BETWEEN COVERS

Pages of sheer pleasure

December 9 1996
BETWEEN COVERS

Pages of sheer pleasure

December 9 1996

Pages of sheer pleasure

BETWEEN COVERS

As the winter holidays approach, ’tis the season for the annual run on gift books. A selection of the best, chosen by Maclean’s editors and writers:

ShadowLight: A Photographer’s Life by Freeman Patterson (HarperCollins, $55) showcases the acclaimed photographer’s 30-year career with images that chronicle an inner journey. From South African rock formations to mist-covered hills in his native New Brunswick, Patterson evokes a sense of mystery and beauty.

The Great Lakes by Pierre Berton, with photographs by André Gallant, (Stoddart, $50) is a gorgeous reminder that the lakes comprise one-fifth of the world’s fresh water. Berton’s engrossing narrative covers natural history and how civilization has affected the inland seas.

The Fraser River by Alan Haig-Brown (Harbour,

$49.95) presents the remarkable story of British Columbia’s great waterway. Rick Blacklaws’ pictures travel the river’s 1,368-km length to its mouth on the Pacific while HaigBrown chronicles the river’s role in history.

The Explorers: From the Ancient World to the Present by Paolo Novaresio (General, $86) retraces landmark journeys with more than 500 images—fossils, engravings, paintings, photos and maps. The engaging text ranges from littleknown Bartholomew Columbus, Christopher’s brother, to such celebrities as Neil Armstrong.

A Day in the Life of India, edited by David Cohen (HarperCollins, $69.95) continues the series in which a bevy of photographers is sent out to capture the mood and look of a country.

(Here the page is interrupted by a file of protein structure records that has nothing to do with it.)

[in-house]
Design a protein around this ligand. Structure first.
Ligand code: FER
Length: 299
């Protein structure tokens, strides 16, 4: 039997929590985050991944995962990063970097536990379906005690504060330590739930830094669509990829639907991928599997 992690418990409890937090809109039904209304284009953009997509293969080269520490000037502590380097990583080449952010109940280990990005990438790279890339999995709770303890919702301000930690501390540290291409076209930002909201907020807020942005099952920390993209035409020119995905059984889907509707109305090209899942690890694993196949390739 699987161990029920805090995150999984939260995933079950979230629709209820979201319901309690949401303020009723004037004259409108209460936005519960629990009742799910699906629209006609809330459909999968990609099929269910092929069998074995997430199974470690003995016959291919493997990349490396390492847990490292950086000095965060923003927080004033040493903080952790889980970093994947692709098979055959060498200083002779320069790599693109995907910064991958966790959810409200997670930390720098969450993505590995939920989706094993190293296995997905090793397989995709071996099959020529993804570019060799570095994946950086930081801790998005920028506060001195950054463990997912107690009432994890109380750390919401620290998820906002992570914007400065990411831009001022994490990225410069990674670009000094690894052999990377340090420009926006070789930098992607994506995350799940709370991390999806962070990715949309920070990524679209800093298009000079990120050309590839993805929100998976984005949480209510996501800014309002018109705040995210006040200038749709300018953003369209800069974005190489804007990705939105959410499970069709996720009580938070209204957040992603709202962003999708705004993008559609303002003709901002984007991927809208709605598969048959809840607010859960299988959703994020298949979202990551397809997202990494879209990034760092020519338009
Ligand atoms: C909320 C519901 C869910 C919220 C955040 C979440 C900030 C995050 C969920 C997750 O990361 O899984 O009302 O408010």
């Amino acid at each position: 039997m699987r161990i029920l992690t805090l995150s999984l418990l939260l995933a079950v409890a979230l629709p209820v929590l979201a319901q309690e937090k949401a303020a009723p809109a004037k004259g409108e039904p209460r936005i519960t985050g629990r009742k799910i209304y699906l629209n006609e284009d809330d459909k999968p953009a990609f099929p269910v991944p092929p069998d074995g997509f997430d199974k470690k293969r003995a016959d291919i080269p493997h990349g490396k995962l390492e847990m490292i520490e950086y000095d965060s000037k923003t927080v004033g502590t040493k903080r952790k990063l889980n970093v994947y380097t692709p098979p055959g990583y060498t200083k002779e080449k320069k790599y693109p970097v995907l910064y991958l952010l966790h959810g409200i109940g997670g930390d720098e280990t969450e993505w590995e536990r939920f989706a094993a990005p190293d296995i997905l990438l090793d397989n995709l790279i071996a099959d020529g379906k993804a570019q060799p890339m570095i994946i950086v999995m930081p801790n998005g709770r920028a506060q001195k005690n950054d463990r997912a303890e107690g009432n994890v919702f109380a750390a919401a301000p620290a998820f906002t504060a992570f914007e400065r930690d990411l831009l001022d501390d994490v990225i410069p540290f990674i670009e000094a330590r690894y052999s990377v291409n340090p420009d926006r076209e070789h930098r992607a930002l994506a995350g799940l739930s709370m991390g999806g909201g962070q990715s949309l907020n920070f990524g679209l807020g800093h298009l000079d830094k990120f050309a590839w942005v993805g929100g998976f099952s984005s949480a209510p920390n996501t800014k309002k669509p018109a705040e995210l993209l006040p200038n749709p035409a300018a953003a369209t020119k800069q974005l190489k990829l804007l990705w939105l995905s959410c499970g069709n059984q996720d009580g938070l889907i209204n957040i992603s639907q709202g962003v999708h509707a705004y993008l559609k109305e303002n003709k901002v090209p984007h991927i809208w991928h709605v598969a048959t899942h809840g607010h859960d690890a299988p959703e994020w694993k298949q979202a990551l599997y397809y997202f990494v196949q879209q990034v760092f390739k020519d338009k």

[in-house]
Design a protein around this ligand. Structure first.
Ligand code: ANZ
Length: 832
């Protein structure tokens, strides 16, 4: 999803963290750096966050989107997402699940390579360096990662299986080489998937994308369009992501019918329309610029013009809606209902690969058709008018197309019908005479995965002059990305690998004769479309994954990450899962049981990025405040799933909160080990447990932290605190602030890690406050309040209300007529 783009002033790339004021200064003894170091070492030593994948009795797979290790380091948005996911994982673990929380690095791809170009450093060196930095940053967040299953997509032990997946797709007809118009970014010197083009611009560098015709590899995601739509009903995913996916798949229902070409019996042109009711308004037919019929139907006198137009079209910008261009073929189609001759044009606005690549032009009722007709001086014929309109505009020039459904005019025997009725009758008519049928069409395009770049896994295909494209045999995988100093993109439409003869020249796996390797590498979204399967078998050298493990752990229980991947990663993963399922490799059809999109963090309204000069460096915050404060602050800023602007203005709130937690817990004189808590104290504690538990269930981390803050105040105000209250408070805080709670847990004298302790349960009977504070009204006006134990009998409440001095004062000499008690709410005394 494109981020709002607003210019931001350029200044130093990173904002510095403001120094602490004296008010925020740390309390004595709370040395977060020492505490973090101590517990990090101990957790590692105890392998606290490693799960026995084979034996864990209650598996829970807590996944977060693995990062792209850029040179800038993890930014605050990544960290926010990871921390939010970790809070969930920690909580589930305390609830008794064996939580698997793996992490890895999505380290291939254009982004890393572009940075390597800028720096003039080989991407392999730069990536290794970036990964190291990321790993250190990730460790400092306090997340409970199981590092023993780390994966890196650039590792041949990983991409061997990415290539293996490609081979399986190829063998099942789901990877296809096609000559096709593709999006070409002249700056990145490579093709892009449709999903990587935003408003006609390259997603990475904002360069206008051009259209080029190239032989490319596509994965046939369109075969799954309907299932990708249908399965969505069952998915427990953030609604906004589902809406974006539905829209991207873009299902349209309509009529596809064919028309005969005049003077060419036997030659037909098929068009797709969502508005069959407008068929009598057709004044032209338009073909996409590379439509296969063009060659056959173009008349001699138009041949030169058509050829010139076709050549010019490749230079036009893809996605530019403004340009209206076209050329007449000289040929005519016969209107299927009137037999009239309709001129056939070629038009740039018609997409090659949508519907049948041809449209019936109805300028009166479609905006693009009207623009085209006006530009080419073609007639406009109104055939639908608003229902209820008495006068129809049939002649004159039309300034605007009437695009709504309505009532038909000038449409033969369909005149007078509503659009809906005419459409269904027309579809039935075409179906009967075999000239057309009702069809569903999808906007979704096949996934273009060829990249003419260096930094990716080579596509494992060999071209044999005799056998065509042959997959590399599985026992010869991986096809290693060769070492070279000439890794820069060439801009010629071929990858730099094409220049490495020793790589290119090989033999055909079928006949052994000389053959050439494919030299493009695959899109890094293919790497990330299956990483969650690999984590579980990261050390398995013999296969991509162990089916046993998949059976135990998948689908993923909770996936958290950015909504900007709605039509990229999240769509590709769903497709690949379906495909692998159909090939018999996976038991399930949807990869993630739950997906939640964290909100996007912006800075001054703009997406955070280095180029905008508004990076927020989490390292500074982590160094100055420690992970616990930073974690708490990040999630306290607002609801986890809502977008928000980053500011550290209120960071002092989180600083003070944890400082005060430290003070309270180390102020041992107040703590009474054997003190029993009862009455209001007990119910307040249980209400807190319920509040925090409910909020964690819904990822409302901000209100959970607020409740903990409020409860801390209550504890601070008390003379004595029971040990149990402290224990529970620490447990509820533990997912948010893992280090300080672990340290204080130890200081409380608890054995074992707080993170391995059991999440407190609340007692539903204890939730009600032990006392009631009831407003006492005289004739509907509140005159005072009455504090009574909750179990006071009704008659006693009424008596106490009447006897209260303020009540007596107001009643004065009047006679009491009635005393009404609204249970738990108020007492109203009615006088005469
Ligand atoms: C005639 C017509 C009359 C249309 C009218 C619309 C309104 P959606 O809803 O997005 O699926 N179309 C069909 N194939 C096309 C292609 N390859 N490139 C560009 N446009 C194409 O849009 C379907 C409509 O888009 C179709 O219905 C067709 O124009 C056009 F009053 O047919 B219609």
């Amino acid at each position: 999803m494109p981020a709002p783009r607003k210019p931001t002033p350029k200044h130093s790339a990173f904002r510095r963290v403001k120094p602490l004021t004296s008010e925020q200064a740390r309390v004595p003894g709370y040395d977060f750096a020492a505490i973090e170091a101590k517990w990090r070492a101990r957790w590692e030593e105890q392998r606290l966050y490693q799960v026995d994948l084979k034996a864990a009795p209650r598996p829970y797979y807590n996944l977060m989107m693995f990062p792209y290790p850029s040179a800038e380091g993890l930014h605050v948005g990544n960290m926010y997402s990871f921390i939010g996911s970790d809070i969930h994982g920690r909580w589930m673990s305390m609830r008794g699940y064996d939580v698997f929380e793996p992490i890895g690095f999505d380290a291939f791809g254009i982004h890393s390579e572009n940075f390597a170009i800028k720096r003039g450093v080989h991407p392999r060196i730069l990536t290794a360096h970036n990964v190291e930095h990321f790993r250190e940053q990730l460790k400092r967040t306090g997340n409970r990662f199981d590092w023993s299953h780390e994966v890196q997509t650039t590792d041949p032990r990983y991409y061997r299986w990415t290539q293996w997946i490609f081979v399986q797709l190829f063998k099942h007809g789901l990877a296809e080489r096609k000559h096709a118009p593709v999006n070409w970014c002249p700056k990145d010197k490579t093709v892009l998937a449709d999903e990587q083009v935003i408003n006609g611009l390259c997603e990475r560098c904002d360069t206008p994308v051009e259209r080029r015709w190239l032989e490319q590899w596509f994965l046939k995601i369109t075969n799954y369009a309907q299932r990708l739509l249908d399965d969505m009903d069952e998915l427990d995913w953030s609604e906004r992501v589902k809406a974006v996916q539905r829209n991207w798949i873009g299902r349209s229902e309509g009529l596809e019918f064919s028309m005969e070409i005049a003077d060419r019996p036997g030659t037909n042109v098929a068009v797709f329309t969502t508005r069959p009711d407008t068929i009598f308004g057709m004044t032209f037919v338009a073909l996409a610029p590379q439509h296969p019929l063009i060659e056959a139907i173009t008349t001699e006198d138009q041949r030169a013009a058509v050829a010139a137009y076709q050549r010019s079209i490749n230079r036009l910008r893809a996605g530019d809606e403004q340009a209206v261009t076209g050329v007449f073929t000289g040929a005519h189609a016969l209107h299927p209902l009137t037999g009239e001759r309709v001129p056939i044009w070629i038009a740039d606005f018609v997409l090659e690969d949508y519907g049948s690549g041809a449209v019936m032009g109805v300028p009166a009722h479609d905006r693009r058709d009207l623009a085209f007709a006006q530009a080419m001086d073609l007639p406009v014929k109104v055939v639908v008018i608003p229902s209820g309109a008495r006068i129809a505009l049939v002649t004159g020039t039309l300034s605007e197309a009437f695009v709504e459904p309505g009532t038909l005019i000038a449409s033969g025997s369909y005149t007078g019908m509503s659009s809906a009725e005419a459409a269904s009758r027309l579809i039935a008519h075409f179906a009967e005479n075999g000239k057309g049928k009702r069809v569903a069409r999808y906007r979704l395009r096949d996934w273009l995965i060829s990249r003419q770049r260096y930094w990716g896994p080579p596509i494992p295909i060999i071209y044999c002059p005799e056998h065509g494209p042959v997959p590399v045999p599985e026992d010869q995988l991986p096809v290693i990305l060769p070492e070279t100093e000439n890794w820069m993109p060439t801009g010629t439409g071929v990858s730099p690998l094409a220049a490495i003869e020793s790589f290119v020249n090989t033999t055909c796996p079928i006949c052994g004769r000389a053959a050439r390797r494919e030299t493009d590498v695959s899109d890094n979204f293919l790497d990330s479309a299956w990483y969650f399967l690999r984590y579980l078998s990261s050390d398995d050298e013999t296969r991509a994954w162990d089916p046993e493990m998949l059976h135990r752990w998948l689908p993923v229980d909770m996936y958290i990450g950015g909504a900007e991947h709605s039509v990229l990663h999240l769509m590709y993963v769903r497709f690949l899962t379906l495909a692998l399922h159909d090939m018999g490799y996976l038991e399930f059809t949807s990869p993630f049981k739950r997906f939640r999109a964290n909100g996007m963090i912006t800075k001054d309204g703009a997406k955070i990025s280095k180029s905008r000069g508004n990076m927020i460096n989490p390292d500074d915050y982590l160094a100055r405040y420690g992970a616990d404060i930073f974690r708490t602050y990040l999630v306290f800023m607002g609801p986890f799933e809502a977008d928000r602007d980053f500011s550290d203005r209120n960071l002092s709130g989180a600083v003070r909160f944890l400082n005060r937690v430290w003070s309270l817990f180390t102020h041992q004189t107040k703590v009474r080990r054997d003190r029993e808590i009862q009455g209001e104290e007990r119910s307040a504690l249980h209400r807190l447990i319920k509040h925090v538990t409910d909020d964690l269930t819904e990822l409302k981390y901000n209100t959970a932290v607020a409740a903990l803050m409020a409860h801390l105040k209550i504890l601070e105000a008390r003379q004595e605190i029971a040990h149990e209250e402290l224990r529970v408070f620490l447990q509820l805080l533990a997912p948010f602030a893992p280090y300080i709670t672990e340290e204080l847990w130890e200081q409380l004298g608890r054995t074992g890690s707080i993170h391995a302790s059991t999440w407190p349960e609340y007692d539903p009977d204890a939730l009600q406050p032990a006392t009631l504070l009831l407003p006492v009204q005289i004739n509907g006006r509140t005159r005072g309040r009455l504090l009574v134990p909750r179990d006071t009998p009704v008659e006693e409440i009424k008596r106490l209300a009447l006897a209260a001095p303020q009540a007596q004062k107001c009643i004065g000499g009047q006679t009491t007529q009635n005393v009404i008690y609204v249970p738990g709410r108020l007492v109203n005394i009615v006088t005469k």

What unites these diverse, arresting photographs is color—deep, rich, saturated color that stains every page.

The Chinese Century: A Photographic History of the Last Hundred Years by Jonathan D. Spence and Annping Chin (Random House, $90) presents more than 250 black-and-white pictures as the authors, both U.S. sinologists, deftly guide readers from the autocratic empire of 100 years ago to the emerging global power.

Painting Place: The Life and Work of David B. Milne by David P. Silcox (University of Toronto, $65) is the first of a four-volume series on one of Canada’s master painters. This definitive biography is laced with excerpts from the artist’s diaries and writings and accompanied by more than 400 small paintings and drawings.

Paterson Ewen, edited by Matthew Teitelbaum, (Douglas & McIntyre/ Art Gallery of Ontario, $65) combines an engaging profile of one of Canada’s senior artists with abundant illustrations and a perceptive analysis of Ewen’s powerful, lyrical paintings.

Frederick H. Varley by Peter Varley (Key Porter, $60) celebrates the Group of Seven painter. Peter Varley, Frederick’s son, has provided a highly personal chronicle of his father’s life and career, complete with 135 reproductions of the artist’s drawings and radiant paintings. Haida Art by George F. MacDonald (Douglas & Mclntyre/Canadian Museum of Civilization, $65) offers a thorough history of an extraordinary tradition, chronicling the development of Haida carving and other art forms from prehistory to such modern masters as Bill Reid.